The commission then produced a "responsibility deal" between government and business, on the organising board of which Unilever still sits. Under this deal, the usual relationship between lobbyists and government is reversed. The corporations draft government policy, which is then sent to civil servants for comment. Regulation is replaced by voluntarism. The Guardian has named Unilever as one of the companies that refused to sign the deal's voluntary pledge on calorie reduction.
This is not to suggest that everything these panels and alliances and boards and forums propose is damaging. But as the development writer Lou Pingeot points out, their analysis of the world's problems is partial and self-serving, casting corporations as the saviours of the world's people but never mentioning their role in causing many of the problems (such as financial crisis, land-grabbing, tax loss, obesity, malnutrition, climate change, habitat destruction, poverty, insecurity) they claim to address. Most of their proposed solutions either require passivity from governments (poverty will be solved by wealth trickling down through a growing economy) or the creation of a more friendly environment for business.
At best, these corporate-dominated panels are mostly useless: preening sessions in which chief executives exercise messiah complexes. At their worst, they are a means by which global companies reshape politics in their own interests, universalising – in the name of conquering want and exploitation – their exploitative business practices.
Almost every political agent – including some of the NGOs that once opposed them – is in danger of being loved to death by these companies. In February the Guardian signed a seven-figure deal with Unilever, which, the publisher claimed, is "centred on the shared values of sustainable living and open storytelling". The deal launched an initiative called Guardian Labs, which will help brands find "more engaging ways to tell their story". The Guardian points out that it has guidelines covering such sponsorship deals to ensure editorial independence.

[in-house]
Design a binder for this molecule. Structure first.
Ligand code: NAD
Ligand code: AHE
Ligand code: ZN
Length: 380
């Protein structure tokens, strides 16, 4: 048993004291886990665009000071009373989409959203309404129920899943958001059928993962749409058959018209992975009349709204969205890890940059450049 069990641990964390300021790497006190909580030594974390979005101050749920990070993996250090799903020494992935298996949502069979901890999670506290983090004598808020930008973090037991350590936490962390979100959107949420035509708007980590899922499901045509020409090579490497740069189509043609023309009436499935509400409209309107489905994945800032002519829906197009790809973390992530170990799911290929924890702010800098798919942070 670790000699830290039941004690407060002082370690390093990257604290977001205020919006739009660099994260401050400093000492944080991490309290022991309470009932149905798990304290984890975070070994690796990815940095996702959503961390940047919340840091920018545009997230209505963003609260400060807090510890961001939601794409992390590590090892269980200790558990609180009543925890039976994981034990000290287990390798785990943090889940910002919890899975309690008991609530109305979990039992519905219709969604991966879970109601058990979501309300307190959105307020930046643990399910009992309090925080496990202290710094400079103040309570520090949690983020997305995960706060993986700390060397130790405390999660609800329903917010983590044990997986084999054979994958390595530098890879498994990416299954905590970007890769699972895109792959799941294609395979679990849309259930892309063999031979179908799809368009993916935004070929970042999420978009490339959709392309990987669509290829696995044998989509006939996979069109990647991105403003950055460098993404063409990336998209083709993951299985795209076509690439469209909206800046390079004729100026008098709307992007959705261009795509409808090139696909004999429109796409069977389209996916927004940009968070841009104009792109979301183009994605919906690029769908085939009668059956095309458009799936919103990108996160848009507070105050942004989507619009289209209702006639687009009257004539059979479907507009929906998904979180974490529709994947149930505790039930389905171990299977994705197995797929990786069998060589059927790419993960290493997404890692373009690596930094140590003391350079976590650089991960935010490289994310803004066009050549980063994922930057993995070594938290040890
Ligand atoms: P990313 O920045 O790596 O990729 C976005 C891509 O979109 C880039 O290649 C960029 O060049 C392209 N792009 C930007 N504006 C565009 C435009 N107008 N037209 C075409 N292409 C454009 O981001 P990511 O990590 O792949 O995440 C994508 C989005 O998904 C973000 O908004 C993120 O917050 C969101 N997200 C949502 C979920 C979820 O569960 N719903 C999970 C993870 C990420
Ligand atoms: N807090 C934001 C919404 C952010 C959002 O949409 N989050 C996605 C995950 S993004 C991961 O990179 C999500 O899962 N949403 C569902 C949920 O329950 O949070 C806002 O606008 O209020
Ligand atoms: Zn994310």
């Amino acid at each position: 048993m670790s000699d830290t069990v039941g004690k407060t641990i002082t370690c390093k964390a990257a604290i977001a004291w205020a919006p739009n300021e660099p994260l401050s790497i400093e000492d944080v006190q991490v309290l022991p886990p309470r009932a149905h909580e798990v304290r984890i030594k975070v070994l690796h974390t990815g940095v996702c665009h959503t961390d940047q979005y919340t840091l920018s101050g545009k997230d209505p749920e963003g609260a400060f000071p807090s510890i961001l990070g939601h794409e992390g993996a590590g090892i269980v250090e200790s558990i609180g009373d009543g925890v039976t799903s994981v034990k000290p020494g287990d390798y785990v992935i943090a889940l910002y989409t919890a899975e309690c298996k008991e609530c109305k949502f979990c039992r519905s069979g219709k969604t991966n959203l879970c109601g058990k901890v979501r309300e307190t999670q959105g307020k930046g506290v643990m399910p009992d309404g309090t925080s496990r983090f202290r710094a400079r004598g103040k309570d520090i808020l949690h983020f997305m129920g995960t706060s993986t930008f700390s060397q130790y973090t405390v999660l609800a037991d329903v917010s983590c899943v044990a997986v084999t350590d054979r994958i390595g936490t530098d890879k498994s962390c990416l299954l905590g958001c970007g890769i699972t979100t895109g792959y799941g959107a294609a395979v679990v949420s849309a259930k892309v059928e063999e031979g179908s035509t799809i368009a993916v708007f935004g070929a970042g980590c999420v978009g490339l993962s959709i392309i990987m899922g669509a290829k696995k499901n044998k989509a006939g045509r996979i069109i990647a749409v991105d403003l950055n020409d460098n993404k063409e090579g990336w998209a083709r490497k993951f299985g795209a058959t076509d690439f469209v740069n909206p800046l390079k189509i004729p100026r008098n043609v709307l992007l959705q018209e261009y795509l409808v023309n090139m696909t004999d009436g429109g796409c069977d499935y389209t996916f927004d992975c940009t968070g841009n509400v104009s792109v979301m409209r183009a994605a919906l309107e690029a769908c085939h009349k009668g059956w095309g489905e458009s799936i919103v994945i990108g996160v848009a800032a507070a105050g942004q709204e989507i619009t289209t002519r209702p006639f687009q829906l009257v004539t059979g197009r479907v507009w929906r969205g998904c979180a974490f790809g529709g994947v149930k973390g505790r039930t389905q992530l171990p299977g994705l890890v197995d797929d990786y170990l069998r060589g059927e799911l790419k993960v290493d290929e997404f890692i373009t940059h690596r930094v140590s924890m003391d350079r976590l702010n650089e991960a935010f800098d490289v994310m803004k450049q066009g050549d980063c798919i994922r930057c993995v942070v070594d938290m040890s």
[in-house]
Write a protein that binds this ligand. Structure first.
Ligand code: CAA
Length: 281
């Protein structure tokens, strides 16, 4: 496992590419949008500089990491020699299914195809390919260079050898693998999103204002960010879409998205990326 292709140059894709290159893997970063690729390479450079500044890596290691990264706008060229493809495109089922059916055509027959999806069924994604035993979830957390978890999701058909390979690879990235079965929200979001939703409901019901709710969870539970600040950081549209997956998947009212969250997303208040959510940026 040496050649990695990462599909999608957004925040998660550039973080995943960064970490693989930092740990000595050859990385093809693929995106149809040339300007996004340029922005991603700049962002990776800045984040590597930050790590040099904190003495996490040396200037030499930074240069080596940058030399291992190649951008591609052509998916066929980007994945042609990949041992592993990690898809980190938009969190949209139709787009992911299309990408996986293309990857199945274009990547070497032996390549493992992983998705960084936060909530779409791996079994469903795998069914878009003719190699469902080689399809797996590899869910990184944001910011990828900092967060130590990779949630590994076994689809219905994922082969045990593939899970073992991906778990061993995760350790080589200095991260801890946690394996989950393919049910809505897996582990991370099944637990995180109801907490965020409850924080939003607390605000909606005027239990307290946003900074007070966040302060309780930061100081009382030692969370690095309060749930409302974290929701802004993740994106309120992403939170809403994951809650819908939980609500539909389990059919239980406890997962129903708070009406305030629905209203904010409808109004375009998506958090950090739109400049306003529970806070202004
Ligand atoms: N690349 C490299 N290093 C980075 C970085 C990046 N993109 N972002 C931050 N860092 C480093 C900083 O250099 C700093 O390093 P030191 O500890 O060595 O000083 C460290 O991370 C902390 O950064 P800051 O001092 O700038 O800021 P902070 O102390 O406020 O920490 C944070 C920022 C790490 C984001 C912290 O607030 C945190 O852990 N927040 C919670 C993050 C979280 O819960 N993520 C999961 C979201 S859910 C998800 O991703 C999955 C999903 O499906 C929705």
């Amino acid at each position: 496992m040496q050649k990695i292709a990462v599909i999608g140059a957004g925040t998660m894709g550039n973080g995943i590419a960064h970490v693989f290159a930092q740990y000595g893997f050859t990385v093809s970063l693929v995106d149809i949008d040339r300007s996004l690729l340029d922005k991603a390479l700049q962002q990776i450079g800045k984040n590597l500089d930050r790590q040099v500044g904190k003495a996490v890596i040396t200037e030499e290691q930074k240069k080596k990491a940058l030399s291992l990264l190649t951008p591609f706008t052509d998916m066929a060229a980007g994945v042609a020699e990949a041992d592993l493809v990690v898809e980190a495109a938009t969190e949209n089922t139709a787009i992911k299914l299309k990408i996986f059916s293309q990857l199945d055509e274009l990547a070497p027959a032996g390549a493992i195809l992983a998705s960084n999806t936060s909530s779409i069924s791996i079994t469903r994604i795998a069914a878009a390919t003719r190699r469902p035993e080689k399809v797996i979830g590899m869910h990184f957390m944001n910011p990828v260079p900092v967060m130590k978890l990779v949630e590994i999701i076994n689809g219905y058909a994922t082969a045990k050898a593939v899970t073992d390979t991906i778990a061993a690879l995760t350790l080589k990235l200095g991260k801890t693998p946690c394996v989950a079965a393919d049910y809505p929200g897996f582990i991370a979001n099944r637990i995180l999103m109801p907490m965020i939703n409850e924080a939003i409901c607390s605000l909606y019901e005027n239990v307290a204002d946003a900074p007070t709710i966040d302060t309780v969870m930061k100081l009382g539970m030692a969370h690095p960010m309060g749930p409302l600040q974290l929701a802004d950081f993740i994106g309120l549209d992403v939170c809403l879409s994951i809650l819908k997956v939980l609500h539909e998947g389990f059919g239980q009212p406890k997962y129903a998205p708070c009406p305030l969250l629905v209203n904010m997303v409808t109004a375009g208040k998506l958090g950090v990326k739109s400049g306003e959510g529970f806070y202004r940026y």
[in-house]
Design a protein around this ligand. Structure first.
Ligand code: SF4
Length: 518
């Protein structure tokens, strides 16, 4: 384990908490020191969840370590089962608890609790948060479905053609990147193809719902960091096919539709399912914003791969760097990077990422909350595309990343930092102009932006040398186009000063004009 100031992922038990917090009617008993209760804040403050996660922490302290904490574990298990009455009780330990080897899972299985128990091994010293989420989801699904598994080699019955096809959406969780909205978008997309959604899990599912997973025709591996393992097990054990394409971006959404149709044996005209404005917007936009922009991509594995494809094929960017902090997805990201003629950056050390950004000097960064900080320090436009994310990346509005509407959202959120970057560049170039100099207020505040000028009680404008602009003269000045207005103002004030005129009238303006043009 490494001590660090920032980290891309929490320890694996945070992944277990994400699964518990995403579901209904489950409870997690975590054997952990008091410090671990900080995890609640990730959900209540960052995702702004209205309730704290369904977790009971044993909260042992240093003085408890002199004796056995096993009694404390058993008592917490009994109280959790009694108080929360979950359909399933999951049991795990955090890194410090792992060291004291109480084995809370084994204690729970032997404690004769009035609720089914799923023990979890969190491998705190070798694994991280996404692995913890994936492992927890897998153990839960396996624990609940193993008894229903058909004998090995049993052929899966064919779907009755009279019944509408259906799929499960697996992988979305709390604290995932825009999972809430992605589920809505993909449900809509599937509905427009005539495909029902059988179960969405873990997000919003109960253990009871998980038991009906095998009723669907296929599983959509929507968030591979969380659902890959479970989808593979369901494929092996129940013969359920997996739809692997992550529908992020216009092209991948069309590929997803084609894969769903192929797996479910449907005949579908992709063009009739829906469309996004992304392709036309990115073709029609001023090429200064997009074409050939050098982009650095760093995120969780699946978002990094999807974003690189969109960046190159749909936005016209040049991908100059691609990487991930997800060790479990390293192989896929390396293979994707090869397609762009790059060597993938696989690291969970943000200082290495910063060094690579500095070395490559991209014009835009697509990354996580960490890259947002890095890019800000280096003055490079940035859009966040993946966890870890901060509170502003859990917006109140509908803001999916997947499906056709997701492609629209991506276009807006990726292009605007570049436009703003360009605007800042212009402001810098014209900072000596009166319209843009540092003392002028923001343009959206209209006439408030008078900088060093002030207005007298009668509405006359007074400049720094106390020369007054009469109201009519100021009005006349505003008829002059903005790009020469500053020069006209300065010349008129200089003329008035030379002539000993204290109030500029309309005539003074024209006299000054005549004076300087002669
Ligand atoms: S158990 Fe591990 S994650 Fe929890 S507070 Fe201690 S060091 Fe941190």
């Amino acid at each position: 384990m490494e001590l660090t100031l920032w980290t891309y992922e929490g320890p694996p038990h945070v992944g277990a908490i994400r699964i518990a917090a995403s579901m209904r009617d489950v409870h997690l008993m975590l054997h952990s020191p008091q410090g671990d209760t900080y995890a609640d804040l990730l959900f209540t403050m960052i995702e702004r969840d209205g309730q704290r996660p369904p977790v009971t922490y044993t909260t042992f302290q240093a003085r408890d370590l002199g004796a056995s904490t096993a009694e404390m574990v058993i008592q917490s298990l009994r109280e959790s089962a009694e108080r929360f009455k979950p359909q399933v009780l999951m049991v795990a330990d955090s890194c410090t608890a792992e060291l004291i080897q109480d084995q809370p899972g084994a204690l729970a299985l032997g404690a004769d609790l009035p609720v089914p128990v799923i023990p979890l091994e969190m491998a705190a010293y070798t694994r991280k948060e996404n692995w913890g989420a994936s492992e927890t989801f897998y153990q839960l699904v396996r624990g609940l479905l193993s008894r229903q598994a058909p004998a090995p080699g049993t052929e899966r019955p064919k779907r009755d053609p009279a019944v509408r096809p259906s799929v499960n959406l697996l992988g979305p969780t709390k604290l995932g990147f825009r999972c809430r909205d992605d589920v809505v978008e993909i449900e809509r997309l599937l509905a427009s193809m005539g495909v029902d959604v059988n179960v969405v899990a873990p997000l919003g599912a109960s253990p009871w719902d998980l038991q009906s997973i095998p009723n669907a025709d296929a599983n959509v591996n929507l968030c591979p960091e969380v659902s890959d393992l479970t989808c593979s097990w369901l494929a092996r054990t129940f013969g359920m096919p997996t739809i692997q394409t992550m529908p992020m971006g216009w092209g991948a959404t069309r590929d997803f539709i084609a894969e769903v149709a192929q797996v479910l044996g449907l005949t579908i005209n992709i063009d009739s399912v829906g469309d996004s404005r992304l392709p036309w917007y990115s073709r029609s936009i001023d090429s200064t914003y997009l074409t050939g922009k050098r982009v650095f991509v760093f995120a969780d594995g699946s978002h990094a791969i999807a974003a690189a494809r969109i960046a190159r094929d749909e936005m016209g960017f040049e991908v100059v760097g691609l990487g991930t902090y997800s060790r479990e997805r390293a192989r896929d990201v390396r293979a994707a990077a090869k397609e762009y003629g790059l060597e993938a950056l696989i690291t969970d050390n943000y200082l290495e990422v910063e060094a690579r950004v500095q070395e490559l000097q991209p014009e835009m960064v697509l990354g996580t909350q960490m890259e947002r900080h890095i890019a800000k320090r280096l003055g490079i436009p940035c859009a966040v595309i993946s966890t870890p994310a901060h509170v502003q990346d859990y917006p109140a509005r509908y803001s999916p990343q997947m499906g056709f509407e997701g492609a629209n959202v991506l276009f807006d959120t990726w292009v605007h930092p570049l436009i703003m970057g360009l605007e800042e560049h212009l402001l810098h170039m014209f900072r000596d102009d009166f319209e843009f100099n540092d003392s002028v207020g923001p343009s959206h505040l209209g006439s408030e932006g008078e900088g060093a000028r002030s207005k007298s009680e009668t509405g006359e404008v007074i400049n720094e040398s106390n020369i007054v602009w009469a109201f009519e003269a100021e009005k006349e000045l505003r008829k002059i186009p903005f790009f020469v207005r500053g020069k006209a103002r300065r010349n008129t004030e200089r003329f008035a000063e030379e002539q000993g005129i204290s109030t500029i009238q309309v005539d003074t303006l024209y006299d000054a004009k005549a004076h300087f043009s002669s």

I recognise and regret the fact that all newspapers depend for their survival on corporate money (advertising and sponsorship probably account, in most cases, for about 70% of their income). But this, to me, looks like another step down the primrose path. As the environmental campaigner Peter Gerhardt puts it, companies like Unilever "try to stakeholderise every conflict". By this, I think, he means that they embrace their critics, involving them in a dialogue that is open in the sense that a lobster pot is open, breaking down critical distance and identity until no one knows who they are any more.
Yes, I would prefer that companies were like Unilever rather than Goldman Sachs, Cargill or Exxon, in that it seems to have a keen sense of what a responsible company should do, even if it doesn't always do it. But it would be better still if governments and global bodies stopped delegating their powers to corporations. They do not represent us and they have no right to run our lives.